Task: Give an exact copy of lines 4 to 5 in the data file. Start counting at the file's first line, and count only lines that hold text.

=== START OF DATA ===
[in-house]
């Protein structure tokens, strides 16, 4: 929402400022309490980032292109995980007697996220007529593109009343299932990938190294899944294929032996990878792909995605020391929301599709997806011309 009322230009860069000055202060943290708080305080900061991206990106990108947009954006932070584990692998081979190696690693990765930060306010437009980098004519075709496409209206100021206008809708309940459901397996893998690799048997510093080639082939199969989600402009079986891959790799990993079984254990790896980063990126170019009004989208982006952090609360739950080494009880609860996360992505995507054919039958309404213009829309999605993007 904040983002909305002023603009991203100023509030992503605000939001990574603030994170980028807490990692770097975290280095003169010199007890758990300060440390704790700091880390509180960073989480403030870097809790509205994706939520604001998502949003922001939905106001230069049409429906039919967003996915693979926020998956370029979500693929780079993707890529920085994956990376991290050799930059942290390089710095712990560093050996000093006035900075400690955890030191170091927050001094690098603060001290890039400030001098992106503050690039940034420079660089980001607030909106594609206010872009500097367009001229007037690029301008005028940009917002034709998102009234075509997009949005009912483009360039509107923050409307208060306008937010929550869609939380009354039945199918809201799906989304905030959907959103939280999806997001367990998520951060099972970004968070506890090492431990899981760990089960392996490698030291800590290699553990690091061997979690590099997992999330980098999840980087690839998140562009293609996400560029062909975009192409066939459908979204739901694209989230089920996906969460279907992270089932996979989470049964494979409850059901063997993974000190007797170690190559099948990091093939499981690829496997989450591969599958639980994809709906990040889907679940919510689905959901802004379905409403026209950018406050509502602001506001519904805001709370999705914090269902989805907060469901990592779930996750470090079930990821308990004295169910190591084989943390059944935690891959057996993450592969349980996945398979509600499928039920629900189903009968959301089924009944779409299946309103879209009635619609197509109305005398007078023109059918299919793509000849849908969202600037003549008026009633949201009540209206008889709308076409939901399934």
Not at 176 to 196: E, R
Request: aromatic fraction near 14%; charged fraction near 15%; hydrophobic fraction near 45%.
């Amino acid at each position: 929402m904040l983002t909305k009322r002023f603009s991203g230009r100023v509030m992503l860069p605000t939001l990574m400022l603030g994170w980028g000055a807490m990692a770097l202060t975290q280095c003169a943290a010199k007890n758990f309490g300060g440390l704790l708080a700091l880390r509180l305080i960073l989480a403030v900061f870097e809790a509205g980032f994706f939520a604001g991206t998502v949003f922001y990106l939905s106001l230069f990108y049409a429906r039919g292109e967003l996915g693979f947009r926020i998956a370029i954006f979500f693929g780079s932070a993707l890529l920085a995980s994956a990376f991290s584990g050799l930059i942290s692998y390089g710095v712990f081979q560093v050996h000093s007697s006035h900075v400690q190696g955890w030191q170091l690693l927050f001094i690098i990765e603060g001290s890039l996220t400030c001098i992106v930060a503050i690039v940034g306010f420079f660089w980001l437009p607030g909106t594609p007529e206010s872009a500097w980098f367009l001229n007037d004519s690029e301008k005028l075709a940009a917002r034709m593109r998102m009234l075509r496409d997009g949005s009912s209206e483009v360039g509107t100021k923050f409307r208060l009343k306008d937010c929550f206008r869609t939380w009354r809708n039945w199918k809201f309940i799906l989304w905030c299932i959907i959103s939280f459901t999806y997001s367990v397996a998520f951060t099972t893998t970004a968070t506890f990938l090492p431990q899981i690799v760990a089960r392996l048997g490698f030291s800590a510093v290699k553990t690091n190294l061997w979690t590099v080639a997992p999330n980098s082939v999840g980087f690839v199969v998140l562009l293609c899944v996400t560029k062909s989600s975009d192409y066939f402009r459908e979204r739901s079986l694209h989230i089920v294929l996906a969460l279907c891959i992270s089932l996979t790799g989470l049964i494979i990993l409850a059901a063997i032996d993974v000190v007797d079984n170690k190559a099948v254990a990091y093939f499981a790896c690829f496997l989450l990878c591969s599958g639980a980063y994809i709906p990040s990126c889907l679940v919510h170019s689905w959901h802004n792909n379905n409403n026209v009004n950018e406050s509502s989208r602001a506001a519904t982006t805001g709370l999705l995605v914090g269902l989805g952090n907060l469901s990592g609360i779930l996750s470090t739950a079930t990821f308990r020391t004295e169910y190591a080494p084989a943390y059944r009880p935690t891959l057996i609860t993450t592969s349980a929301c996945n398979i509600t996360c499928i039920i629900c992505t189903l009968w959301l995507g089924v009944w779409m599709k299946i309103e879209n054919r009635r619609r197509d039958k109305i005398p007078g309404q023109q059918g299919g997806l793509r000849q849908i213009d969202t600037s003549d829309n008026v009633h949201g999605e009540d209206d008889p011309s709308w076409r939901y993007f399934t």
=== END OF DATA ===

Request: aromatic fraction near 14%; charged fraction near 15%; hydrophobic fraction near 45%.
């Amino acid at each position: 929402m904040l983002t909305k009322r002023f603009s991203g230009r100023v509030m992503l860069p605000t939001l990574m400022l603030g994170w980028g000055a807490m990692a770097l202060t975290q280095c003169a943290a010199k007890n758990f309490g300060g440390l704790l708080a700091l880390r509180l305080i960073l989480a403030v900061f870097e809790a509205g980032f994706f939520a604001g991206t998502v949003f922001y990106l939905s106001l230069f990108y049409a429906r039919g292109e967003l996915g693979f947009r926020i998956a370029i954006f979500f693929g780079s932070a993707l890529l920085a995980s994956a990376f991290s584990g050799l930059i942290s692998y390089g710095v712990f081979q560093v050996h000093s007697s006035h900075v400690q190696g955890w030191q170091l690693l927050f001094i690098i990765e603060g001290s890039l996220t400030c001098i992106v930060a503050i690039v940034g306010f420079f660089w980001l437009p607030g909106t594609p007529e206010s872009a500097w980098f367009l001229n007037d004519s690029e301008k005028l075709a940009a917002r034709m593109r998102m009234l075509r496409d997009g949005s009912s209206e483009v360039g509107t100021k923050f409307r208060l009343k306008d937010c929550f206008r869609t939380w009354r809708n039945w199918k809201f309940i799906l989304w905030c299932i959907i959103s939280f459901t999806y997001s367990v397996a998520f951060t099972t893998t970004a968070t506890f990938l090492p431990q899981i690799v760990a089960r392996l048997g490698f030291s800590a510093v290699k553990t690091n190294l061997w979690t590099v080639a997992p999330n980098s082939v999840g980087f690839v199969v998140l562009l293609c899944v996400t560029k062909s989600s975009d192409y066939f402009r459908e979204r739901s079986l694209h989230i089920v294929l996906a969460l279907c891959i992270s089932l996979t790799g989470l049964i494979i990993l409850a059901a063997i032996d993974v000190v007797d079984n170690k190559a099948v254990a990091y093939f499981a790896c690829f496997l989450l990878c591969s599958g639980a980063y994809i709906p990040s990126c889907l679940v919510h170019s689905w959901h802004n792909n379905n409403n026209v009004n950018e406050s509502s989208r602001a506001a519904t982006t805001g709370l999705l995605v914090g269902l989805g952090n907060l469901s990592g609360i779930l996750s470090t739950a079930t990821f308990r020391t004295e169910y190591a080494p084989a943390y059944r009880p935690t891959l057996i609860t993450t592969s349980a929301c996945n398979i509600t996360c499928i039920i629900c992505t189903l009968w959301l995507g089924v009944w779409m599709k299946i309103e879209n054919r009635r619609r197509d039958k109305i005398p007078g309404q023109q059918g299919g997806l793509r000849q849908i213009d969202t600037s003549d829309n008026v009633h949201g999605e009540d209206d008889p011309s709308w076409r939901y993007f399934t």